The Tasmanian Opposition has urged the State Government to release a report into Hydro Tasmania's decision to conduct a cloud seeding flight in the Derwent River Catchment a day before serious flooding.
Cloud seeding is a technique used to increase rain to bolster dams and involves the addition of a substance to suitable clouds to encourage the growth of ice crystals or raindrops.
We've seen high pressure bring in clear skies and warm conditions for many parts of the country, while showers have persisted in others.
As we go into the weekend, some showers still cling on in parts of both islands, but the predominant weather is dry - until Saturday that is.
Thursday is looking fairly calm, settled and mild for most of the country - as high June temperatures continue for many areas - particularly in the east.
An anticyclone in the Tasman Sea stretches a ridge over most of the North Island, while the South Island has a northwesterly airflow.
High pressure is trying to dominate NZ this week but west to south west winds are bringing in a few light showers.
A cold front is heading north over the next 12 hours but is weakening as it does so.
Next week prepare for possible record challenging warmth across NZ as the subtropics return.
It seems like every month, we keep hearing something was the hottest on record.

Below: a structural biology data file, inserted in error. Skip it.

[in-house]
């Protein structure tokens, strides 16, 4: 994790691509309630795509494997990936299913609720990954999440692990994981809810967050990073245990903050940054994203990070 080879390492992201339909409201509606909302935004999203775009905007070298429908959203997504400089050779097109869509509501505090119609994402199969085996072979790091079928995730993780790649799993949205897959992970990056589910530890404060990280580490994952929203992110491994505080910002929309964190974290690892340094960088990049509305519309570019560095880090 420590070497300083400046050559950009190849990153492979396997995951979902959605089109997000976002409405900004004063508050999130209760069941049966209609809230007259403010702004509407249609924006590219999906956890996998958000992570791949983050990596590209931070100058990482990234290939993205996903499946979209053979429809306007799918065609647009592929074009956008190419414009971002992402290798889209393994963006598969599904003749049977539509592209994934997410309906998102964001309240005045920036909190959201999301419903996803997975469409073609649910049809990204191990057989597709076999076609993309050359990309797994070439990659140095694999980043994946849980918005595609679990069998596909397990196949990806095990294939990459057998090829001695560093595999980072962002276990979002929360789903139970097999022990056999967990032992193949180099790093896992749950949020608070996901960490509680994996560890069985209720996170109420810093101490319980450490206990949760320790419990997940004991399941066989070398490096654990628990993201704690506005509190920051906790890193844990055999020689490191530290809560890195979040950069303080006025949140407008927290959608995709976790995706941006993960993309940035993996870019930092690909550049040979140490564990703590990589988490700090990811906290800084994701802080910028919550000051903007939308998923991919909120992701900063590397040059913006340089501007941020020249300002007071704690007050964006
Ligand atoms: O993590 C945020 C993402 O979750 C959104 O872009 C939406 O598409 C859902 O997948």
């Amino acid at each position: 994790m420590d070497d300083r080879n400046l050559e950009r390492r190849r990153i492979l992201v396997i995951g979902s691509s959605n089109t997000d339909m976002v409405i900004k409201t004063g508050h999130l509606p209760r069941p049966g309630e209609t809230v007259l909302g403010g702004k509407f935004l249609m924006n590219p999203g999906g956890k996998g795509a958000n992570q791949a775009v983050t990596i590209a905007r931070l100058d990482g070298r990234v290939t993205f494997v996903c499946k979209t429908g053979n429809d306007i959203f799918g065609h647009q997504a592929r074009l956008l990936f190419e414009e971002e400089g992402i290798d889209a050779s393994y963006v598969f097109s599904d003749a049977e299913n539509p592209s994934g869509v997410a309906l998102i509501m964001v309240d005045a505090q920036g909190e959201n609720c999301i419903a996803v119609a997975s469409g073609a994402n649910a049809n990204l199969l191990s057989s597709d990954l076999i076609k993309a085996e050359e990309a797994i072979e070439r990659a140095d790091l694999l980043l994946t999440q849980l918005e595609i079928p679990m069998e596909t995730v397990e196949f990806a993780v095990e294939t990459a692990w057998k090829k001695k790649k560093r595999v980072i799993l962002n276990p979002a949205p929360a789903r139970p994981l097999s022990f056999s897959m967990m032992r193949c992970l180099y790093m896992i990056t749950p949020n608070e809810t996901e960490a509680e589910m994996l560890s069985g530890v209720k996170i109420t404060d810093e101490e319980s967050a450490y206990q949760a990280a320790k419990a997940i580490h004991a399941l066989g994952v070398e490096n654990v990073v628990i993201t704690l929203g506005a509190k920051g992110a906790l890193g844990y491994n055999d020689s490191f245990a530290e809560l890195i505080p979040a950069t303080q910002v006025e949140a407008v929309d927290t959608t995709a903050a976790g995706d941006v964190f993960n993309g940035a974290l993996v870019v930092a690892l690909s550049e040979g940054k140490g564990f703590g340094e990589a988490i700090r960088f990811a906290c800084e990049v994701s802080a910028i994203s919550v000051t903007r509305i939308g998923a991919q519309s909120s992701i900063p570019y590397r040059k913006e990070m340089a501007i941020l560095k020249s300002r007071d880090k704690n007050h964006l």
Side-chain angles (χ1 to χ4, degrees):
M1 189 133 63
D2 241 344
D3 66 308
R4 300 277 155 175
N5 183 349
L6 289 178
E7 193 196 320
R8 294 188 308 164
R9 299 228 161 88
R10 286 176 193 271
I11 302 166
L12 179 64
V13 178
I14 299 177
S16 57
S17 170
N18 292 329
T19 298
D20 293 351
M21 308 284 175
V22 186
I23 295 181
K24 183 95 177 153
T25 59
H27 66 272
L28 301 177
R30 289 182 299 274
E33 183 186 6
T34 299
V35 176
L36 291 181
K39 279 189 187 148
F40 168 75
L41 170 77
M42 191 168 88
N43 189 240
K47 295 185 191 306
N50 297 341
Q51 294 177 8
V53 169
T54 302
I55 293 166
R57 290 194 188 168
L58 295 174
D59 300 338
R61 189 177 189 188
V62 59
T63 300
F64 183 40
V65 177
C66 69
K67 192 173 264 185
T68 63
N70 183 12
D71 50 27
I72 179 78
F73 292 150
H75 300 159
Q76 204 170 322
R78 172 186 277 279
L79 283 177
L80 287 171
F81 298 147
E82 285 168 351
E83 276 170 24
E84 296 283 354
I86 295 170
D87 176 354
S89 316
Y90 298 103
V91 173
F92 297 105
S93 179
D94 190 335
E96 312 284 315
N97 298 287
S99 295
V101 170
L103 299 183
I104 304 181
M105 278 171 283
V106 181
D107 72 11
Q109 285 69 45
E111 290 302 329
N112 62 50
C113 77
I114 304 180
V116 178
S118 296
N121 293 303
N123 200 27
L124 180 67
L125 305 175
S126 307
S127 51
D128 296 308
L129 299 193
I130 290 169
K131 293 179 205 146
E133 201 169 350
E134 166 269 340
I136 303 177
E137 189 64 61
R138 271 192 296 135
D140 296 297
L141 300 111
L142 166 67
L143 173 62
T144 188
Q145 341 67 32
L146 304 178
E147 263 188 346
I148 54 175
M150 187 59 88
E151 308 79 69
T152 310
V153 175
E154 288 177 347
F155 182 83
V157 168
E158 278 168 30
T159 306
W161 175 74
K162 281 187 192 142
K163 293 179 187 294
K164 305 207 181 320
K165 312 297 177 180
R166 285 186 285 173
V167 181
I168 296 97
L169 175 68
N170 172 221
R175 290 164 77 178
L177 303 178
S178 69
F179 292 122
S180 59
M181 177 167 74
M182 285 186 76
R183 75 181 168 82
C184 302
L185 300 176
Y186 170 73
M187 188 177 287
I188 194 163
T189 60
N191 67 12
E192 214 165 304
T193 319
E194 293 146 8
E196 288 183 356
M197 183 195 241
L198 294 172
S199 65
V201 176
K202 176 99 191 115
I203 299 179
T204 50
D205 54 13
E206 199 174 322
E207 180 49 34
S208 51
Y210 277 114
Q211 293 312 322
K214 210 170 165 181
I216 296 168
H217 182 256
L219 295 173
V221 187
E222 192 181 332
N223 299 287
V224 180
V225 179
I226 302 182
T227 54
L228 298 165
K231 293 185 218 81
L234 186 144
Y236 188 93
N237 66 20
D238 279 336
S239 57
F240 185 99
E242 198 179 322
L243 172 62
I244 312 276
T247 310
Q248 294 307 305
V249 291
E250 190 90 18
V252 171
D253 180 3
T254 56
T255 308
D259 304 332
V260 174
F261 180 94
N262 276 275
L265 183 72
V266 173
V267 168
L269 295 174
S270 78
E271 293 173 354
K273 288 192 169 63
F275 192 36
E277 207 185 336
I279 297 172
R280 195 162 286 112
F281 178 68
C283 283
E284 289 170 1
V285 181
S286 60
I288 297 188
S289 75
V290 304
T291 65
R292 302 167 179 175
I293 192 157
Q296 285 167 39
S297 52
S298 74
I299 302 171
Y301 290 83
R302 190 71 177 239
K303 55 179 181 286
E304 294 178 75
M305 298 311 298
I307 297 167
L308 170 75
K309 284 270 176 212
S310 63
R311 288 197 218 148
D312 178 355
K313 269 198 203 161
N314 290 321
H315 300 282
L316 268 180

The week continues in similar fashion to how it began - low temperatures, wet in parts, and reasonably settled around New Zealand - for winter!
Blue: Rain on the West Coast of the South Island
White: Frosty conditions to start in the inland north and south
A fast-moving front pushes northwards over the country during the day, and while there isn't too much rough weather associated with it, there will be some showers and gusty westerly winds.
For the upper North Island, there are cloudy areas and the chance of a shower, while westerlies tend southwest late in the evening and overnight.
The best June rain in more than 10 years has fallen on parched ground around Longreach and Barcaldine in central-west Queensland.
Almost 60 millimetres was measured in the Longreach Airport gauge at 9:00am, which was the most rain for a single day in June since 2005.
The new week kicks off reasonably settled, under the influence of a large, slow moving high pressure system coming in from our west - but things change a little as the week progresses.
A cold front moves up the country on Wednesday morning, bringing some wet weather and lowering temperatures in places around the North Island in particular.
A large high pressure system is approaching from the Tasman Sea, while a ridge stretches out over the North Island on Tuesday.
A west to northwesterly airflow lies over the South Island and the lower tip of the North Island, meaning it's looking cloudy on the west of the North Island, with the low risk of a shower or two out there.